The Effect of Work - Family Role Conflict on Business Startup Decision-Making Processes

Text-only Preview

Journal of Behavioral Studies in Business
The Effect of Work - Family Role Conflict on Business Startup
Decision-Making Processes

John Leaptrott
Georgia Southern University

Abstract

Many important strategic decisions made by business owners in the early stages of
operation are both commonly encountered and have important consequences. These decisions
relate to the initial configuration of the business regarding the initial business scope and size and
procurement of the resources necessary for that configuration. A logic-based decision-making
process including information search and analysis can be very complex and time consuming.
Small business owners frequently face conflicting demands for time and cognitive resources
from their family and their developing business that adversely affect their ability to perform both
roles effectively. One adverse effect is an impediment of their decision-making processes by
both reducing the time and attention available to properly gather and analyze information for
each major business or family decision and by increasing the number of major decisions to be
made. This study assessed the effect of work family conflict on the information search behavior
in a sample of female entrepreneurs that recently started childcare businesses and found evidence
of a significant negative relationship between work-family conflict and the use of professional
advisors as information sources when making important startup decisions.
The Effect of Work-Family Role Conflict, Page 1


09218 – Journal of Behavioral Studies in Business


Introduction


Many small business owners strive to perform concurrent demanding roles. One role
frequently involves a shared or sole responsibility for managing a family. The other role
involves successfully creating and managing a new venture. Both roles usually require
substantial time and use of the owner’s physical and mental resources. These roles can
frequently result in conflicting demands for these personal resources. This reduction in
available resources potentially impairs the performance of both roles. An impairment of the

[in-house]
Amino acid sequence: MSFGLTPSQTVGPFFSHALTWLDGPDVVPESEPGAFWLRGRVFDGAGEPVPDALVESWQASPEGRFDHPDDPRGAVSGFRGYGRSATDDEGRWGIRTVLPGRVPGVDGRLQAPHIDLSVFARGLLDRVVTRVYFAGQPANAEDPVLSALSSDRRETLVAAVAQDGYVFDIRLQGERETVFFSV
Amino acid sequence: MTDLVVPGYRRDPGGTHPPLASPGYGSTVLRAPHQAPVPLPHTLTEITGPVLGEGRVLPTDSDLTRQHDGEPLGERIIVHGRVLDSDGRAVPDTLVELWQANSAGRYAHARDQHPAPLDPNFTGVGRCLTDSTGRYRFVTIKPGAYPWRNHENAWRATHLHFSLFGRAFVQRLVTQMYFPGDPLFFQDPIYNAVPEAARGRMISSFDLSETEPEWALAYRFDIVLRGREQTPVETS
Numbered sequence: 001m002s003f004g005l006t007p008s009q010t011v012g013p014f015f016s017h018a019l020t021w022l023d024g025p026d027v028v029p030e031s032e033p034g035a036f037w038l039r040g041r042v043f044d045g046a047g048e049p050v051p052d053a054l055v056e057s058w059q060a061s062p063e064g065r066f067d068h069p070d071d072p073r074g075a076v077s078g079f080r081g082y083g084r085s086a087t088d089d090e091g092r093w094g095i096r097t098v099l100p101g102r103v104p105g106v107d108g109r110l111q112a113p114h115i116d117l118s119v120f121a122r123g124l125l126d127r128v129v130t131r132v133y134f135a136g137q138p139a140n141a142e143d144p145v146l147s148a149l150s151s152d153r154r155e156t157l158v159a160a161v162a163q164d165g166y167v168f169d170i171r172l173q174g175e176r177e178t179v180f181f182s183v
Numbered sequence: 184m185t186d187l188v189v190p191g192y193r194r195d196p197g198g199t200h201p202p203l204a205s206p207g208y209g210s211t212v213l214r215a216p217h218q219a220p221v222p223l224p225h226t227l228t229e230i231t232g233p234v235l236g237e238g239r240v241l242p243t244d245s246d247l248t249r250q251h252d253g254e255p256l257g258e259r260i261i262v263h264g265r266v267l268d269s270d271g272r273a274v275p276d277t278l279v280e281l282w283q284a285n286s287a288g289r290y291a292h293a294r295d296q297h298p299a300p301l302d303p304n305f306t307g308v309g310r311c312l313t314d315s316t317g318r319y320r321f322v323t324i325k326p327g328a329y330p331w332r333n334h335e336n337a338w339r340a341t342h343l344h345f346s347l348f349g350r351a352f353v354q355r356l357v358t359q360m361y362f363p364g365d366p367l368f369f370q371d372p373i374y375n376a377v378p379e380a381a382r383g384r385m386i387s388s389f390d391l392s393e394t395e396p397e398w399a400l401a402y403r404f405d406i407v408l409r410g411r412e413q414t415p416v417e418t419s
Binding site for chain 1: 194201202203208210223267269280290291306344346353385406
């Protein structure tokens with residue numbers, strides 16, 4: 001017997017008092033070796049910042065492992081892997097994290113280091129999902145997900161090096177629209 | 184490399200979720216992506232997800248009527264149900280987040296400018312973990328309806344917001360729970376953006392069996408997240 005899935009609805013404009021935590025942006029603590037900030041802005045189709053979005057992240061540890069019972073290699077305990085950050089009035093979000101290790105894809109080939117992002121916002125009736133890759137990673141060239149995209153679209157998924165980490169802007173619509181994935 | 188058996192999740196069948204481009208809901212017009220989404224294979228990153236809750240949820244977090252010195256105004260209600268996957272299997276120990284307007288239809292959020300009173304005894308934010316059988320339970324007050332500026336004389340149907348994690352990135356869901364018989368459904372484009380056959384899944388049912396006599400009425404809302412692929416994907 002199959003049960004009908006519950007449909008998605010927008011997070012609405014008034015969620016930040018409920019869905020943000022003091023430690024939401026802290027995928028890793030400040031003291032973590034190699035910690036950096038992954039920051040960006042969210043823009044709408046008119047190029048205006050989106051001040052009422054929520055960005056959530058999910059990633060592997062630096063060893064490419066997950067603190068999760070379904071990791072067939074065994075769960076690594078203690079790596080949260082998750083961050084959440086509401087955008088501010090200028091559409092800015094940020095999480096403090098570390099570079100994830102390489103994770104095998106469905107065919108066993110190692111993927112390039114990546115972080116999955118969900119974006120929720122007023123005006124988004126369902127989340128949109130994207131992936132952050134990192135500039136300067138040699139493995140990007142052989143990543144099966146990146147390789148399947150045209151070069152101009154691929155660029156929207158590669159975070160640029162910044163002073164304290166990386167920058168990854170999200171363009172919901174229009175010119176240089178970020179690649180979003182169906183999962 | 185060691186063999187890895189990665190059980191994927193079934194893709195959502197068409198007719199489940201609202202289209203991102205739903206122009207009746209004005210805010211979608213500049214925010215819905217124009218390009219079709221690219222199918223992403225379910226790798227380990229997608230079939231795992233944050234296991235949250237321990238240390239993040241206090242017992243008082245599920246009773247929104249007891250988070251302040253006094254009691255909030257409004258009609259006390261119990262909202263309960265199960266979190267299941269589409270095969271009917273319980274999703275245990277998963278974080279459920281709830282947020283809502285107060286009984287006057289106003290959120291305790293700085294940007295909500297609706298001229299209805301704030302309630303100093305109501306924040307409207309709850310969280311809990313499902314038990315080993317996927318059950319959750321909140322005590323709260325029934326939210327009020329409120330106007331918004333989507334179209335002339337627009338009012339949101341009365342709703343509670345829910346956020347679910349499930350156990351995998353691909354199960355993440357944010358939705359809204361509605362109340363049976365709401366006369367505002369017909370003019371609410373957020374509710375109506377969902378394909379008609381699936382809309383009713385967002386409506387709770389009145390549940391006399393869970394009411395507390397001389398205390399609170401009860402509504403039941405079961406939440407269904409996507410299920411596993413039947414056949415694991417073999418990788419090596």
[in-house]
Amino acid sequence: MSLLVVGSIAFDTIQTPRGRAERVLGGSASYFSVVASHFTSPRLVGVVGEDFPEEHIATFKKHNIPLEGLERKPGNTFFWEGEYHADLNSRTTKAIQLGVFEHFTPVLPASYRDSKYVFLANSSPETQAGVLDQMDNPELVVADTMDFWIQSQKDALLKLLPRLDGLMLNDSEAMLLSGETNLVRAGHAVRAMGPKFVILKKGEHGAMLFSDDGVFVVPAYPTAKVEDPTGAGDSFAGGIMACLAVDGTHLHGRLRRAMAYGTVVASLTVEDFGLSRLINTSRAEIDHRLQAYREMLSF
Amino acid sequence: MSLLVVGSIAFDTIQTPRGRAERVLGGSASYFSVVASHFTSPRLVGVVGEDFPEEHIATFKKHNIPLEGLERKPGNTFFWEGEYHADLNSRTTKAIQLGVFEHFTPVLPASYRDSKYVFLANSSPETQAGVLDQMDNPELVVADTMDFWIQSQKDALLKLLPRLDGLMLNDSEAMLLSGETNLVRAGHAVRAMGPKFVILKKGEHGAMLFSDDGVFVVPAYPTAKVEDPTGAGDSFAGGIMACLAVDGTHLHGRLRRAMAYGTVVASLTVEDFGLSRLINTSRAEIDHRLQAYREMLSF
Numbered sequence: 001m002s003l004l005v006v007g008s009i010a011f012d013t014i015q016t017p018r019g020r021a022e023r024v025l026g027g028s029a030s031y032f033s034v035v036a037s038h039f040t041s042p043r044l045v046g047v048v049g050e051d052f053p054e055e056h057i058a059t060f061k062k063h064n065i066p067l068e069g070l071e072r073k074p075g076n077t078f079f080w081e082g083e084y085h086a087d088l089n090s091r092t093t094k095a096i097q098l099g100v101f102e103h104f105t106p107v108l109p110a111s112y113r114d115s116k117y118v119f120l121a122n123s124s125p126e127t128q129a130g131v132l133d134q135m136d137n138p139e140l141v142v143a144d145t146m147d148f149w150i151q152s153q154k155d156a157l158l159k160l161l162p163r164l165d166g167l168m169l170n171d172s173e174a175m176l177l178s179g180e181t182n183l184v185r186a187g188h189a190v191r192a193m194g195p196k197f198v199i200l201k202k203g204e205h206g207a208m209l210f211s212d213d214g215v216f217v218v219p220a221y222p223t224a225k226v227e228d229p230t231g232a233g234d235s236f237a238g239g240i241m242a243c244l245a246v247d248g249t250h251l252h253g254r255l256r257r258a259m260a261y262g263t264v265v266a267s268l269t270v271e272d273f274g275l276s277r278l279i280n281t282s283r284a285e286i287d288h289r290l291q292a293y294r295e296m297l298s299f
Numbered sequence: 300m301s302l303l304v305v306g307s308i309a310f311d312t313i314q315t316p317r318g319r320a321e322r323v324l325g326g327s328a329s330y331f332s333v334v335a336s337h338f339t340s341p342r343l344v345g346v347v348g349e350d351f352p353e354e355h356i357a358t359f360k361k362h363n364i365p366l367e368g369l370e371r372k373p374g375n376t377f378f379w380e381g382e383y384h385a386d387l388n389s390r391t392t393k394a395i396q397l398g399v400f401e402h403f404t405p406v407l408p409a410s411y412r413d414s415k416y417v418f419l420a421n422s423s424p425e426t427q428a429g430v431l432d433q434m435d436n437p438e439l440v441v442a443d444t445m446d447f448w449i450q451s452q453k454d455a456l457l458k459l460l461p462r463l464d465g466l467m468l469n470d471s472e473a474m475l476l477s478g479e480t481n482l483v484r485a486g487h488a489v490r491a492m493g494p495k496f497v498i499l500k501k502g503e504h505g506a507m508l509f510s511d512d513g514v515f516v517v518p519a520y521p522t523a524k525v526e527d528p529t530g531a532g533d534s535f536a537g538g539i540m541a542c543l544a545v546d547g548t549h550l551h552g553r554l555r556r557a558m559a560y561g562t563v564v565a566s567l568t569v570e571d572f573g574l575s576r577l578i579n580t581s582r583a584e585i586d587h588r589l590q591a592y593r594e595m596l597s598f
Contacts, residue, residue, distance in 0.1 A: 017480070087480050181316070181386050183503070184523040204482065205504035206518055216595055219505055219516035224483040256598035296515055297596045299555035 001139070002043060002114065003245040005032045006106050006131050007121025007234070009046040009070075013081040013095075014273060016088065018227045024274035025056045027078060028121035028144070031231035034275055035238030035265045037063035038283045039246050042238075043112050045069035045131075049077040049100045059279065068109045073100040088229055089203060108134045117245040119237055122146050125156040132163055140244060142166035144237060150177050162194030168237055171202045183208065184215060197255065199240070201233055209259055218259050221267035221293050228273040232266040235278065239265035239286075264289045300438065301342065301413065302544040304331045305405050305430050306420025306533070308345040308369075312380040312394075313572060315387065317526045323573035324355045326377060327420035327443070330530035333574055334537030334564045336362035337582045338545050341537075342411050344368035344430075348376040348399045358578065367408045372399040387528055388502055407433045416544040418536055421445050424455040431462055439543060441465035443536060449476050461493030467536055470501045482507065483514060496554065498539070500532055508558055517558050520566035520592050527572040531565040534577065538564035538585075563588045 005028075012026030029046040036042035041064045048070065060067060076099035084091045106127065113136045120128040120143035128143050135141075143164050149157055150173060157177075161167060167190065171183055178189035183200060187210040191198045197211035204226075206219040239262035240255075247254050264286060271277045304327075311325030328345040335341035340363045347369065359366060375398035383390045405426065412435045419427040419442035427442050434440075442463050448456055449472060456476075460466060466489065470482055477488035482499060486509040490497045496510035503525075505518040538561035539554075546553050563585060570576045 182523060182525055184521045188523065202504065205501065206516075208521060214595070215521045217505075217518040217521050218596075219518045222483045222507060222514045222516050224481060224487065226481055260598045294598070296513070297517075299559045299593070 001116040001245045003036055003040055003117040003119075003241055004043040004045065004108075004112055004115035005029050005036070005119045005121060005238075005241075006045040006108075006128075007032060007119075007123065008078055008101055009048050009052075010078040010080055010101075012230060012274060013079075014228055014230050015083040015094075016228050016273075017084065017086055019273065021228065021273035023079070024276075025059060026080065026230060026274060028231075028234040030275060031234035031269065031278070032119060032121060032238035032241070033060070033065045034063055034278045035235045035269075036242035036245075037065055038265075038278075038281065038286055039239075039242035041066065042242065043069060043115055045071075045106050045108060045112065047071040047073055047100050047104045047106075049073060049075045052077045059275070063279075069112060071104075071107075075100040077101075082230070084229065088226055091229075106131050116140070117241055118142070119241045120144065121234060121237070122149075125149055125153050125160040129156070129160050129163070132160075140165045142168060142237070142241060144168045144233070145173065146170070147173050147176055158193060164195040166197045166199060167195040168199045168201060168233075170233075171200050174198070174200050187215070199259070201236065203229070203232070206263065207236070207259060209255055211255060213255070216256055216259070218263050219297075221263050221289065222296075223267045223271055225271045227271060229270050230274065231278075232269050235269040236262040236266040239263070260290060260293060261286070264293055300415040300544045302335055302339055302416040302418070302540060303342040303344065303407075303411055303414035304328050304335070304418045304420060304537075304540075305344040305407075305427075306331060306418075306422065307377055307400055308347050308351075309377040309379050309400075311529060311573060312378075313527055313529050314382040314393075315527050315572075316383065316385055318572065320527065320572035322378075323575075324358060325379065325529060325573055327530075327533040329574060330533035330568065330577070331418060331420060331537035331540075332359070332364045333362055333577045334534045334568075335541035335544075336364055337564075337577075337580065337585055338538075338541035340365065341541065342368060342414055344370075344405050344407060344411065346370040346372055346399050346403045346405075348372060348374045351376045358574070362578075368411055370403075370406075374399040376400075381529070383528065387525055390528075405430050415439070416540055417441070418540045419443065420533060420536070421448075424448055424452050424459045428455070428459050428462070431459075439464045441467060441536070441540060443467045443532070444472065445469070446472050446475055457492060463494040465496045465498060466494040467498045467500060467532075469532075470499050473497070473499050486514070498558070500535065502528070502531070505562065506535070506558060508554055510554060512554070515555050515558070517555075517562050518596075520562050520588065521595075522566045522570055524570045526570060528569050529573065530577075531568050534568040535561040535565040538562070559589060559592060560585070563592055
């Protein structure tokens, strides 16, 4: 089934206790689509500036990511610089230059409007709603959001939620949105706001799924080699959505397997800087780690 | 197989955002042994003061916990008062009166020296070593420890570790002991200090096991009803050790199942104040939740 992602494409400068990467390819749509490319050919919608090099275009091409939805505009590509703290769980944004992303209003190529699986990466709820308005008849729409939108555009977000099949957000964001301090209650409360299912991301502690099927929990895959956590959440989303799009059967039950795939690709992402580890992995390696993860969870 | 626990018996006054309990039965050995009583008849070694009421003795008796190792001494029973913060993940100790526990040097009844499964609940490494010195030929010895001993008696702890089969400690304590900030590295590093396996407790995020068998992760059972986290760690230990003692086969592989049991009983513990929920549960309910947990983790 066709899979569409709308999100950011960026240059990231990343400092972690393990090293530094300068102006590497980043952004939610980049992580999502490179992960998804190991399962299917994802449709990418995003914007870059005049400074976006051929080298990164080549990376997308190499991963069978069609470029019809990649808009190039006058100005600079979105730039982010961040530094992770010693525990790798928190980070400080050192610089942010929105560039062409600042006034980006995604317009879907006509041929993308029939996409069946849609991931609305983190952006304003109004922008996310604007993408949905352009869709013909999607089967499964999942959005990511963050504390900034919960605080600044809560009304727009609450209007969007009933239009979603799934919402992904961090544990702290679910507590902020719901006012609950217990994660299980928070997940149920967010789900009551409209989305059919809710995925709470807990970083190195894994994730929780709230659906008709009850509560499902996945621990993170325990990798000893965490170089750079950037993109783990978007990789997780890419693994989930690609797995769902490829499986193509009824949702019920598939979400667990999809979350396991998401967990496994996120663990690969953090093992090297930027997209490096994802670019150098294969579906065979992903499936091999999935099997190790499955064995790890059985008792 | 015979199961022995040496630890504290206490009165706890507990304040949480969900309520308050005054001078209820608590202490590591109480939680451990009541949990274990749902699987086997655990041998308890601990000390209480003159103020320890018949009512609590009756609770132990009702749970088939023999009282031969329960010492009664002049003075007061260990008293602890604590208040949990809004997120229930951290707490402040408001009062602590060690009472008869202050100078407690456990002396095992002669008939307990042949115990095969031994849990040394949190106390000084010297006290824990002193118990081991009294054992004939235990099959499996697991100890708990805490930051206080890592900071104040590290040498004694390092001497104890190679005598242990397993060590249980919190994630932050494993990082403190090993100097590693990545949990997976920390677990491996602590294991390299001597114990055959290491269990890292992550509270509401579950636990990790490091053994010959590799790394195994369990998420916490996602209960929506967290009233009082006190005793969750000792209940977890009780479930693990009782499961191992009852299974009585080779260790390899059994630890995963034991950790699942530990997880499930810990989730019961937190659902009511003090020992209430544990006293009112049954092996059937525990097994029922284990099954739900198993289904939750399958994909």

decision-making process related to an early stage small business could have serious, long-
lasting adverse economic consequences. If this role conflict limits the information search
activity, important startup decisions may be made quickly and intuitively rather than made
after an appropriate amount of due diligence. Poor startup decisions that result in poor fit
between the new venture and its environment may threaten the performance or even survival
of the new venture (Venkatraman and Prescott 1990; Baum 1996).

A small business owner typically makes a series of very important decisions before,
during and after starting a new business. These include strategic decisions such as what
products and services to offer, how to promote them, and where to procure the resources that
are needed to begin business operations. For example, a person starting a childcare business
will likely have to make decisions about the number and ages of children the business will
admit, hours of operation, business location, the number of employees that will be required,
the manner the business will be promoted and the method of financing the startup of the
business. Poor initial decision-making may require changing locations because of incorrectly
estimating market demographics or competitive density, or may involve replacing furnishings
or remodeling in order to care for a different age or number of children than originally
planned. These examples underscore the importance of making correct initial decisions about
the configuration of the prospective small business because of the severe financial impact that
making significant revisions to major decisions often have on minimally capitalized small
businesses.